This article is from Jul 13, 2021

Prohibition to sell beef in 5 km area around Hindu dominated areas and temples: New bill in Assam!

A new bill has been tabled in the Assam Legislative Assembly to ban the sale of beef within a 5-kilometer radius of areas inhabited by Hindu, Jain, Sikh and other non-beef-eating communities or in temples and Vaishnava monasteries.

Earlier, the BJP government led by Chief Minister Himanta Biswa Sharma had tabled the Assam Cattle Prevention Bill, 2021 in the state Assembly on June 12, following the approval of the bill by the Assam Cabinet on July 7. If passed, it would amend the state’s previous Act, Assam Cattle Preservation Act, 1950.

According to the 1950 Act, cattle’s “over 14 years of age” or “the ones which are deemed unfit for other activities such as breeding” will be sent for meat after being inspected and certified by a local veterinary officer. But under this new bill all livestock must have a certificate of approval. It is said to apply to all cattle, including ‘ bulls, cows, cows, calves, male and female buffaloes and buffalo calves’. The new bill, however, stipulates that no cows should be used for meat irrespective of age.

Further, this new draft law states that livestock cannot be transported within the state and through the state of Assam without proper documentation, unless there is a proper animal slaughter law in the states where the livestock are transported.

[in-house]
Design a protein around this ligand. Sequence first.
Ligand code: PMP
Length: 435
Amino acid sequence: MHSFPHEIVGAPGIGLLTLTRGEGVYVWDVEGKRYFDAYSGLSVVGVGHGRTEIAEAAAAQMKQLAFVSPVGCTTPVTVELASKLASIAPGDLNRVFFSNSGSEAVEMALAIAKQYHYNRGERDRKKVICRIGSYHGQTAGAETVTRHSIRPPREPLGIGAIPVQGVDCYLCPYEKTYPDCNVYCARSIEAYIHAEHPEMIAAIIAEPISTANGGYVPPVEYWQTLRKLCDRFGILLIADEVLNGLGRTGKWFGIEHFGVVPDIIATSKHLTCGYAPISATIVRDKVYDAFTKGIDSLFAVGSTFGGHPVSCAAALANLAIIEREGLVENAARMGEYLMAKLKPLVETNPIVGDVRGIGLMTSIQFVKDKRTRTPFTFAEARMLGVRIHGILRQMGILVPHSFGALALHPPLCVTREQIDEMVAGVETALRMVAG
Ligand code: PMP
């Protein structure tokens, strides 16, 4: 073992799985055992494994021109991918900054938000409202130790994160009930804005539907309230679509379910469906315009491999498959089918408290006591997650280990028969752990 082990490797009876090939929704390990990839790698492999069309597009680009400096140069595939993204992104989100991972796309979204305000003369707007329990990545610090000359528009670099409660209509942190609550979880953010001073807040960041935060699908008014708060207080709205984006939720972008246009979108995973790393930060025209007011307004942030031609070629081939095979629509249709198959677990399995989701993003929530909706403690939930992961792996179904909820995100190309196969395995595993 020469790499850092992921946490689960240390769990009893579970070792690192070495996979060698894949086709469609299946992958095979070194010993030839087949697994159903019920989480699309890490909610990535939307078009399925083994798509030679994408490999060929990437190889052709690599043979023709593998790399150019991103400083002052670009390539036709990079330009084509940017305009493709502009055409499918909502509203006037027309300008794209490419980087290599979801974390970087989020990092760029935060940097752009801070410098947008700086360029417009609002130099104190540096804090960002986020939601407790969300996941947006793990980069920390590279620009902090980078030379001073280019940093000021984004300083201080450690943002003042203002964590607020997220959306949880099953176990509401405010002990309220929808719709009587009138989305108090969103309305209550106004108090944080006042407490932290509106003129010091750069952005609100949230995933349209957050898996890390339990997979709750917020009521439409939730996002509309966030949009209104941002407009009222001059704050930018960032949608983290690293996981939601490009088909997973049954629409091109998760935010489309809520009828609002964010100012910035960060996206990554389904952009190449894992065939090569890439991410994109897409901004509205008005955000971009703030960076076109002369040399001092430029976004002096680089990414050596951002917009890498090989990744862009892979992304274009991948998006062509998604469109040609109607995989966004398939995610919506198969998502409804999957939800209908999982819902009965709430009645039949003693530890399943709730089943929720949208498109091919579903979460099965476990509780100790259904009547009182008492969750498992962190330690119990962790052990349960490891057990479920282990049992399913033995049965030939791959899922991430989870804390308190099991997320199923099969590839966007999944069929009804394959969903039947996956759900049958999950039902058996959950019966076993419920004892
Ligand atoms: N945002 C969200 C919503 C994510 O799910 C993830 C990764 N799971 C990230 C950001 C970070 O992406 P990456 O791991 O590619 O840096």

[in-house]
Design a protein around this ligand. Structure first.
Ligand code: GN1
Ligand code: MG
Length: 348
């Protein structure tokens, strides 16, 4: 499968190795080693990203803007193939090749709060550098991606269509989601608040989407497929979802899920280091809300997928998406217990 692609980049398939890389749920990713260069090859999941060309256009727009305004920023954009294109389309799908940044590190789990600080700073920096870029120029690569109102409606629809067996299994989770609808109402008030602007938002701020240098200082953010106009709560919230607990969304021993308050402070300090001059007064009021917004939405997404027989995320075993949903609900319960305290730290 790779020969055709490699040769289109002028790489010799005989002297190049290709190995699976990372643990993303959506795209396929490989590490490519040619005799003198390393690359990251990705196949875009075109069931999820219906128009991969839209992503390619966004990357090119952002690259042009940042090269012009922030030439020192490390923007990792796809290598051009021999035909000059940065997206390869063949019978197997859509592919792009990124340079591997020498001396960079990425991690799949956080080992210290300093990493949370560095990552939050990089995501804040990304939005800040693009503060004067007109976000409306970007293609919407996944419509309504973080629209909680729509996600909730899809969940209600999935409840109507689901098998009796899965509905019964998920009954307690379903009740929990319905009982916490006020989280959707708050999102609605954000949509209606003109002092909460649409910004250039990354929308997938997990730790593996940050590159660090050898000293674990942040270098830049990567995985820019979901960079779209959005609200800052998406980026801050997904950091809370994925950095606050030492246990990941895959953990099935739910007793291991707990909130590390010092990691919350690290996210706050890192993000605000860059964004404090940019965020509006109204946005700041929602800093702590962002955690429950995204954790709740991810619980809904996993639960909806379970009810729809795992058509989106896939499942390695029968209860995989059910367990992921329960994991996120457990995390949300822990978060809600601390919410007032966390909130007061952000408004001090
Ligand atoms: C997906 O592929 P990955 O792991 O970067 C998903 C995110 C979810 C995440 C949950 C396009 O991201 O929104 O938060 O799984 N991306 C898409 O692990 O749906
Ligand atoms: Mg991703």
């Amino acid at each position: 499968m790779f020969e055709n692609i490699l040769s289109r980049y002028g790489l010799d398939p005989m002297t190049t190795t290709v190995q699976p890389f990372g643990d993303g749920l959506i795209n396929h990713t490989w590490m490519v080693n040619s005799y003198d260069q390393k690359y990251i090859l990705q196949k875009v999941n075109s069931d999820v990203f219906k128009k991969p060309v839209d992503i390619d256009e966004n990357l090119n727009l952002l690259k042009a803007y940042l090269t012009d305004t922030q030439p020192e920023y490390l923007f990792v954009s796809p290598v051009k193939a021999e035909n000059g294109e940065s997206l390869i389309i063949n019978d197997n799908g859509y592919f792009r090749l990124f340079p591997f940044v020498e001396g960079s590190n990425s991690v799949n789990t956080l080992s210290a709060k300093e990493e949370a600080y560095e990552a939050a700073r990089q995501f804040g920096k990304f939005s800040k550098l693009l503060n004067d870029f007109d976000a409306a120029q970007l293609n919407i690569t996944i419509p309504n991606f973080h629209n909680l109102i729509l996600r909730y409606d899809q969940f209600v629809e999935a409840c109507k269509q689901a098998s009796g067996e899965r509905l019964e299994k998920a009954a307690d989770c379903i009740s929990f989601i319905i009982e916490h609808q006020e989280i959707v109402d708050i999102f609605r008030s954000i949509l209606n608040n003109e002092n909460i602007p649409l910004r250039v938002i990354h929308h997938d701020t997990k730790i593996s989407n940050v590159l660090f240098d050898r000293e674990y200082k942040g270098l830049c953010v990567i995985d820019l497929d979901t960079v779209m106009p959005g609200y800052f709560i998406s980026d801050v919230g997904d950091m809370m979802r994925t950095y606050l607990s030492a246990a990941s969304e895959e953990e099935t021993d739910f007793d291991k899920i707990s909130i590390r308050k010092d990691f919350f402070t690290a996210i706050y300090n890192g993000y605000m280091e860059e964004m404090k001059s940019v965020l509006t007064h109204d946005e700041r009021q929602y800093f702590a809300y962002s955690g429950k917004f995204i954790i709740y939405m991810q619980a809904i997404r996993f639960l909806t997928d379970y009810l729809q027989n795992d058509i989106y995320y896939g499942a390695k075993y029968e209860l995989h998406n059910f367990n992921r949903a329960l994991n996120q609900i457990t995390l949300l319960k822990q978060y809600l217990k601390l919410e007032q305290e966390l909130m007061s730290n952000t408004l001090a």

As Assam is the main gateway for transporting goods to other northeastern parts of India like Meghalaya, Mizoram and Nagaland, it is said that the implementation of this law will affect the transport for reasons like agricultural demand and beef. The beef trade is the mainstay of the Christian majority state like Meghalaya.

GHP Raju, Principal Secretary, ,Animal Husbandry and Veterinary Department of Meghalaya said, “The department has noticed a shortage of beef in our market. Our state meat traders are bringing in cattle from Bihar, West Bengal, Tamil Nadu and Uttar Pradesh. We are a predominantly meat consuming state. So any shortfall in its supply will lead to an increase in prices and it will cause inconvenience to consumers. ”

“…It has been informed that the Assam government is planning to enact a law to protect the cows. We will make sure that the laws passed by other states will be made in a way that will not cause any inconvenience to the poor farmers of our state. ” He said.

Meghalaya Chief Minister Conrad Sangma had expressed his displeasure over the Assam bill even before it was introduced. He told the Hindu that if the law affects the movement of cattle from other states to Meghalaya, we will raise the issue not only with the Assam government but also with the United Kingdom. All steps will be taken by us to ensure that the transportation of our state is not hampered by this law which can be passed by the Government of Assam. ”

Furthermore, if the bill is implemented, it will give police officers , above the rank of sub-inspector and the veterinary officers, the power to enter and inspect any slaughterhouse that is said to be operating by violating the norms. If violations are found, the accused cannot be granted bail until the petition is heard by the public prosecutor.

Prior to Assam, Rajasthan, Karnataka and Madhya Pradesh have already enacted similar anti-slaughter laws with suitable modulations. But this is the first time that prohibition laws have been made to prohibit the sale or purchase of beef or beef products in certain areas.

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